Lives on the Boundary, 25 Years Later

When I teach about Education and Class, one of the books that resonates most deeply with my students is Mike Rose’s Lives on the Boundary.

The book was written 25 years ago, but students are still mesmerized by the narrative because so much of the book still rings true.

In his excellent blog, Rose tells the story of getting Lives on the Boundary published in the first place:

It was summarily turned down by 12 publishers in a row, for it is, after all, an account of one person’s educational journey, hardly the stuff of a best-seller. (In today’s market, it most likely would not get published at all.) Other potential liabilities: The vocabulary and syntax are not simple—I’m a big fan of the embedded clause. The book is peppered with references to cultural events and artifacts of my youth and early adulthood and to the books and ideas being introduced to me. Finally, though it is driven by stories, those stories are woven into an argument about social class and educational inequality. As a read, it is not a day at the beach.

He writes that now, the popular press is more likely to tell tales of insurmountable obstacles working against the academic achievement of the poor, or instead, of triumphant stories of homelessness to Harvard. While both kinds of stories are true and important, Rose’s lifelong work has been to quietly ell very different stories:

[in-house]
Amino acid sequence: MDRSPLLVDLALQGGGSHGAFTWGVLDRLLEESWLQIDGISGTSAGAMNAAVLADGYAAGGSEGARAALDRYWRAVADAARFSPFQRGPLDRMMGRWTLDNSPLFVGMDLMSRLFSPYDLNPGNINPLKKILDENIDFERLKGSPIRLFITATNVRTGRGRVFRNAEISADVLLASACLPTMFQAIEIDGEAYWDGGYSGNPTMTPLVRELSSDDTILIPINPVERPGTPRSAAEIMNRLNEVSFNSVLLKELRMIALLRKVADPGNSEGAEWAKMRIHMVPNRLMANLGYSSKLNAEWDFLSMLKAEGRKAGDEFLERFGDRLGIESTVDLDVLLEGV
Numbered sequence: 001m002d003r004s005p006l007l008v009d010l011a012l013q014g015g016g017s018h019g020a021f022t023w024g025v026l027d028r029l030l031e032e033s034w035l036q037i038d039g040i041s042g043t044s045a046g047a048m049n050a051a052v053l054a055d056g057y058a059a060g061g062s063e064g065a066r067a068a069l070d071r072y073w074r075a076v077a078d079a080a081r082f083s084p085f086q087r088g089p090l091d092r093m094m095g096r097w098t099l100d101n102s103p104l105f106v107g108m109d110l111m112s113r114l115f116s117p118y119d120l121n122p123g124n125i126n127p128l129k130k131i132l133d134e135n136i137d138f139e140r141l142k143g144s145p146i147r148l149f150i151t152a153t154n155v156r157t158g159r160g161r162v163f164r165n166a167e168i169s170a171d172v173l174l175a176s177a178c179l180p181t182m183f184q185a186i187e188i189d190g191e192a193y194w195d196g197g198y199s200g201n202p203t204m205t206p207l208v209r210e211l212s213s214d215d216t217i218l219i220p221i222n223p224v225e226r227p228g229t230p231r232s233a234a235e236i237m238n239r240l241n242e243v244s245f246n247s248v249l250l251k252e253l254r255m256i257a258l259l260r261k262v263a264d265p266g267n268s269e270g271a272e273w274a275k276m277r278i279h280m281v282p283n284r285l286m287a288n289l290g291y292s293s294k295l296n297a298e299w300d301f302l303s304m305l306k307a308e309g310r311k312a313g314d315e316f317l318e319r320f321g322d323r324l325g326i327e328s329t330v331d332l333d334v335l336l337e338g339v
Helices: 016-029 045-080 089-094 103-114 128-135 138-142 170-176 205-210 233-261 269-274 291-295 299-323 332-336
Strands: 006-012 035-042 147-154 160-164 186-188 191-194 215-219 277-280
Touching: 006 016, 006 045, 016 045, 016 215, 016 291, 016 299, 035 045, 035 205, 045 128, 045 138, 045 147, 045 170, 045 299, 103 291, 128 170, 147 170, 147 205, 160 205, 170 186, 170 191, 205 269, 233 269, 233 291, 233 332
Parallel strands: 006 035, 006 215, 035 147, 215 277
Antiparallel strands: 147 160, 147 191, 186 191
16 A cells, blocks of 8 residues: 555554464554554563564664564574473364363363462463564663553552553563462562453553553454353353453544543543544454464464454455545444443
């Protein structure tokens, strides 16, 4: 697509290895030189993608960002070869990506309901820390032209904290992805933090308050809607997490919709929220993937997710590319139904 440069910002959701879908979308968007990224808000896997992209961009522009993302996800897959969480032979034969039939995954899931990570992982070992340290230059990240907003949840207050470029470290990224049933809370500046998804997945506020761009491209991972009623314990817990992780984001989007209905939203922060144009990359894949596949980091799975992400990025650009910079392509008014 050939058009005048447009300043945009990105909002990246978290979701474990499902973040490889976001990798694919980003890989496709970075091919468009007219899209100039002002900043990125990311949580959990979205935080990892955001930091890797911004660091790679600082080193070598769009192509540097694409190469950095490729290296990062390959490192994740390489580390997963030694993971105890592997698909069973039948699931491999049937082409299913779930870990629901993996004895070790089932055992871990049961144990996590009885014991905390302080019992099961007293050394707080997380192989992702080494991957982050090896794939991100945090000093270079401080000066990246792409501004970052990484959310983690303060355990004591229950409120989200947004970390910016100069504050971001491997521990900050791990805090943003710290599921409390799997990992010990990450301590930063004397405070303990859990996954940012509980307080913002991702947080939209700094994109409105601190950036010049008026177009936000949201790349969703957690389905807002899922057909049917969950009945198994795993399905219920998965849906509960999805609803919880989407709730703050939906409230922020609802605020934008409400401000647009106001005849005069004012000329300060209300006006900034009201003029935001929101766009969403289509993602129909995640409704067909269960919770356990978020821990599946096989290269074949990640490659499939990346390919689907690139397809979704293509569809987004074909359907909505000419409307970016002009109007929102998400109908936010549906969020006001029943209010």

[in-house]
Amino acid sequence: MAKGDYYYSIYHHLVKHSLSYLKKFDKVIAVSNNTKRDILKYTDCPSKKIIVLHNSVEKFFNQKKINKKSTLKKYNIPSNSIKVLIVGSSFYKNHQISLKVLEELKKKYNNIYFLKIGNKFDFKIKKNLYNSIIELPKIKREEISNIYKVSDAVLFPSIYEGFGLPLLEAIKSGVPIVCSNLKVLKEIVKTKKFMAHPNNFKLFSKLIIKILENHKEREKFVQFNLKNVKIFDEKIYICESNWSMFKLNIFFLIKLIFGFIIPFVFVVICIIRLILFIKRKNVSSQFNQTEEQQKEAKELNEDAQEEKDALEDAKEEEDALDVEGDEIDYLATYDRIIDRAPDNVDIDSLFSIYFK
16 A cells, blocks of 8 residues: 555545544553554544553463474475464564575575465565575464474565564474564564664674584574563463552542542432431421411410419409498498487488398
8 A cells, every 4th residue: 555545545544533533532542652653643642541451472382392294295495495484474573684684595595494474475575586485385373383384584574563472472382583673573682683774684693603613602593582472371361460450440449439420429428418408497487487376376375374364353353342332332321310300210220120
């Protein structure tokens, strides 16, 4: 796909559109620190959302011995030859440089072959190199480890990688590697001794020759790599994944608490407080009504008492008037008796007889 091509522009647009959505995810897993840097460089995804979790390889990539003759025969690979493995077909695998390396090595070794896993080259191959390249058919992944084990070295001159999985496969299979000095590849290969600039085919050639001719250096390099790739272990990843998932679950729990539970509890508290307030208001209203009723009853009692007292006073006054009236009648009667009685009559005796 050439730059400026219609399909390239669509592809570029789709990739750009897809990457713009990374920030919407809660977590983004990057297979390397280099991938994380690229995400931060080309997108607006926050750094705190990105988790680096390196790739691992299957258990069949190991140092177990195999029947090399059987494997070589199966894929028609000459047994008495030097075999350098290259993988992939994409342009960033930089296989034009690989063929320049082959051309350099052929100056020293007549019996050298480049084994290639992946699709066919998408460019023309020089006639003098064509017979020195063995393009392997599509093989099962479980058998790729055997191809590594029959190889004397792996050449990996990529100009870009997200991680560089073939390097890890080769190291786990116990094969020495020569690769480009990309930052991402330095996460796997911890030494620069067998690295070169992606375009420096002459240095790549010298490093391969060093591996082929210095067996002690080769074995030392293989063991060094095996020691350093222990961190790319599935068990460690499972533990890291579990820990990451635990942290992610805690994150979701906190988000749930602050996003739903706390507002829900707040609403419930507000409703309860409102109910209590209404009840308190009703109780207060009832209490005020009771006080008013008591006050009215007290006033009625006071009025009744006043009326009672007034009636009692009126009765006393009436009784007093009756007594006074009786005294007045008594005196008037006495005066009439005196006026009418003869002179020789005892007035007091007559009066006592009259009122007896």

There are other narratives involving poor people and school; unfortunately, they are perceived by some editors as less dramatic, but they are hugely important. They are stories of people who do make it, maybe not with great fanfare, but they succeed. Not infrequently, they have benefitted from dedicated teachers and mentors, or special programs, or more timely and targeted financial aid and services. There are also stories of people who don’t complete a certificate or degree, but who accomplished something valuable, like the young man I got to know who turned his life away from drugs and the streets during the first year of a welding program and after a lot of thought and consultation joined the Navy to stabilize his life and finish his education.

 If all we read are stories of failure, we can come to think that little is possible for students who start out behind the eight ball, that it doesn’t matter what the institution does. We have to have stories like DeParle’s, absolutely, for they slam home the devastation of inequality. And also give us the story of a young person’s exceptional achievements—the rise from mean streets to a robotics lab. I’ve told both kinds of stories. But give us as well the full range, the less dramatic, but tremendously important testaments to our broad and varied intelligence as a people and to the difference a responsive institution can make as people go to college or return to it, seeking a better life. All of us need to read these stories, but especially the students who are living them.

I highly recommend Lives on the Boundary, as I’ve been recommending it for almost 25 years now.

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